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  • Aug 30, 2014
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WHAT THE MAINLAND MEDIA SAY

Rival media draw a blank probing report of lavish Maanshan wedding

Rich mother-in-law's gift was reported to have caused dramatic scenes at banquet. But was the Maanshan wedding just a myth?

PUBLISHED : Sunday, 13 October, 2013, 12:00am
UPDATED : Sunday, 13 October, 2013, 3:59am

The Jinling Evening News reported on October 3 about a lavish wedding banquet held at a large hotel in the city of Maanshan in Anhui the day before.

The bride, 25, came from a family that had struck it rich in the mining business, it said. The bridegroom, also 25, hailed from a family with modest means.

The mother-in-law took out a key and handed it to the bridegroom. Guests assumed it unlocked a new home in Maanshan, where apartments can cost as much as one million yuan (HK$1.26 million).

"I heard from my daughter that you like cars," she reportedly said. Her gift was a Bentley Continental, which sells for more than four million yuan.

The bridegroom was on the verge of tears as he took the key, and when other guests told him how much the car was worth, he dropped to his knees in front of the woman's mother, swearing he would not betray her daughter as long as he lived.

The report was picked up by the mainland's major internet portals. The bridegroom was criticised for bowing to the rich, while the in-laws were blamed for showing off their wealth. A second report said that after witnessing the event, a friend of the bridegroom stood up and praised the in-laws' generosity. Perhaps drunk, he then lambasted his own parents, who were sitting beside him.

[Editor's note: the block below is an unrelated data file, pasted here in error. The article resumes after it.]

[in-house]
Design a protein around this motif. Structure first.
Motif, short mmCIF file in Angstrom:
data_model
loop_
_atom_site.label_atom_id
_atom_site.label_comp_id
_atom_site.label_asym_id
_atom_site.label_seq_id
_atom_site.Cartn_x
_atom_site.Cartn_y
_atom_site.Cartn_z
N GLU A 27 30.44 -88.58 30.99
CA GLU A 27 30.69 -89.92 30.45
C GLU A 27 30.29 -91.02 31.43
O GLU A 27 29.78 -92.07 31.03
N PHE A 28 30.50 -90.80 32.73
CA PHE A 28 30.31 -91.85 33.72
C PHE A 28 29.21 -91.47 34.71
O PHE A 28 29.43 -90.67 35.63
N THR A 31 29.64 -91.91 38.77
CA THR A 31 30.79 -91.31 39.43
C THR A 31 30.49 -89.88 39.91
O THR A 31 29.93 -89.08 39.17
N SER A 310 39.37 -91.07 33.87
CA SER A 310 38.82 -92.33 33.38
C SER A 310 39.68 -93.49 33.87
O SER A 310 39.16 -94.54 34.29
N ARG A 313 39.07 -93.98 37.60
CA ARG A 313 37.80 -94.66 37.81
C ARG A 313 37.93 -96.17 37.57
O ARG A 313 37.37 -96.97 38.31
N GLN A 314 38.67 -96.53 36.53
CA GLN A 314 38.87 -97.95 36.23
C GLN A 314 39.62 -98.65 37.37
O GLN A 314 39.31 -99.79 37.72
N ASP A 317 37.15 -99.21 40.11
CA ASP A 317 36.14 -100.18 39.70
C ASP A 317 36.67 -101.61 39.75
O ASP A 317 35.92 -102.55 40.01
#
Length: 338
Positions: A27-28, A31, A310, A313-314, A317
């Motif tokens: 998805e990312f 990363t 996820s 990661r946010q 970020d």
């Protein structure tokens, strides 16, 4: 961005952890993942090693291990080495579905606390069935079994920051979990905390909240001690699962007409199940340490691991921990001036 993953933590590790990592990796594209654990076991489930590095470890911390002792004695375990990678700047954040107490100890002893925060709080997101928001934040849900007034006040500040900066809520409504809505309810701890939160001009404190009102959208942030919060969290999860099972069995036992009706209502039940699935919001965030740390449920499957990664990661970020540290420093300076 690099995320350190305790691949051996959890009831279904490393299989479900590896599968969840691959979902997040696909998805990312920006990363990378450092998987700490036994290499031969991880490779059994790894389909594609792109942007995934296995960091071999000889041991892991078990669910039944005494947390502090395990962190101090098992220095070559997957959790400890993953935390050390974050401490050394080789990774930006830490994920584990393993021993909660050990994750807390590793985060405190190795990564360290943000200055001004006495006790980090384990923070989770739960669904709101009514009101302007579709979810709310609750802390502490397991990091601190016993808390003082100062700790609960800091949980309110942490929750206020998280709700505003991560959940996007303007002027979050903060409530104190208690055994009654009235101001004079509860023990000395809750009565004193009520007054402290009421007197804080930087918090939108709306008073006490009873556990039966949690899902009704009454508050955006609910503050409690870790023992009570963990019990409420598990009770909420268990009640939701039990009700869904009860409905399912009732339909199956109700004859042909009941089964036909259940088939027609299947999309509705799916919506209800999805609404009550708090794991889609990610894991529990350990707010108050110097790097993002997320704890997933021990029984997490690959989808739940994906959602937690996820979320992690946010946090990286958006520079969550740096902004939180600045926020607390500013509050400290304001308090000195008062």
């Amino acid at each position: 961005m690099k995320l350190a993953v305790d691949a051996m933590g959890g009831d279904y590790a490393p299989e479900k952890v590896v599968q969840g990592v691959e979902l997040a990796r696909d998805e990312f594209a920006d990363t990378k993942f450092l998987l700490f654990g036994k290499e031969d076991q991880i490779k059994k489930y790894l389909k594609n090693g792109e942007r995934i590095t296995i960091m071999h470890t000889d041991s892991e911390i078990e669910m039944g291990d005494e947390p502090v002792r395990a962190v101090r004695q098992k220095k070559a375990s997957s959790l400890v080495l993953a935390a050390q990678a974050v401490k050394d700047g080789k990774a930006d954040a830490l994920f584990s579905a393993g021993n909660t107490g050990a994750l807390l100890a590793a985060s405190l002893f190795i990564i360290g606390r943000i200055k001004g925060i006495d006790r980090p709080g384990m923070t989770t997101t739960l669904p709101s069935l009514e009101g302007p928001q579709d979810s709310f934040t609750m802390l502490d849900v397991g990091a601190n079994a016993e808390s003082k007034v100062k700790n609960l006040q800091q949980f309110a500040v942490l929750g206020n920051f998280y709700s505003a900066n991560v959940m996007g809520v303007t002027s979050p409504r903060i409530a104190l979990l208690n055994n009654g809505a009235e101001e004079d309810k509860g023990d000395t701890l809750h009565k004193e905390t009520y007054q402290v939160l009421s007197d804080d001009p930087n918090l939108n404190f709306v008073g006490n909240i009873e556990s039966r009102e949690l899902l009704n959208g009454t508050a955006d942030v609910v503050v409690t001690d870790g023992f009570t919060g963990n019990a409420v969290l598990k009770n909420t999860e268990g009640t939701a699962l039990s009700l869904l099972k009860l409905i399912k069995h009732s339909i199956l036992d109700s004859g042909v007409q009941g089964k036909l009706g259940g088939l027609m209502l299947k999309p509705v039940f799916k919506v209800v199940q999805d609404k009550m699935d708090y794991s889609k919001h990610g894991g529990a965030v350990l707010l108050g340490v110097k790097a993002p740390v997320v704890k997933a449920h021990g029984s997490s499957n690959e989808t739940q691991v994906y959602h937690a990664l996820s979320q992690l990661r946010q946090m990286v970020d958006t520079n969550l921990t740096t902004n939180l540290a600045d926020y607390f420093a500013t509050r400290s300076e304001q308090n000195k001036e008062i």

He berated them for being poor, saying he never had any pocket money when he was growing up. He said he had gone on many dates but they had never blossomed into romance.

He attributed this to their failure to buy him a nice apartment and secure him a well-paid job. "Without a million yuan, why did you give birth to me? Aren't you turning me into a victim?" he said. The man's father sat quietly at the table while the mother cried.

According to the original report, the wedding was held in one of the city's largest hotels, on Taibai Avenue. The Wanjiang Evening News, Maanshan's main daily newspaper, checked every hotel on the street, but none said it held the banquet.

The newspaper also said it couldn't find any residents who attended the wedding. "Who is the rich mother-in-law?" it asked. "What is the licence plate of the four million yuan Bentley? Where was the … banquet held?" It concluded: "According to our investigation, the reported wedding did not exist."

Anhui Business News, the largest daily morning newspaper in the province, agreed. "Maanshan is a small city. There would have been many witnesses at such a major event. But locals were completely unaware of it. This is highly strange," it said. "The generous mother in law, the knee-dropping groom, the friend roaring to parents - all these dramatic elements occurred at a wedding in Maanshan that is known to no one but a news outlet outside the province.

"The generous mother-in-law may well be a myth."

In defence, the Jinling Evening News, based in Jiangsu , said it would not reveal where the wedding took place or name guests out of privacy concerns. The mother-in-law had turned off her mobile phone to avoid local reporters because the family did want to become a public target in Maanshan.

Rednet.cn the online mouthpiece of the Hunan provincial government, eventually weighed in: "The entire report was based on one source. Even if the journalist could not get hold of the groom or the mother-in-law, the wedding must have had many participants, so why can't reporters interview a few more people to back up the report?"

Li Dongwang, a resident in Beijing's Dongcheng district who had been following the news, said the story might contain exaggerations but it became popular because it reflected reality.

"As the nation's resources fall more and more into the hands of the 1 per cent of rich people, there is less and less for young men from poor families to move up," he said. "Rich in-laws have become a shortcut to wealth in people's dreams."

binglin.chen@scmp.com

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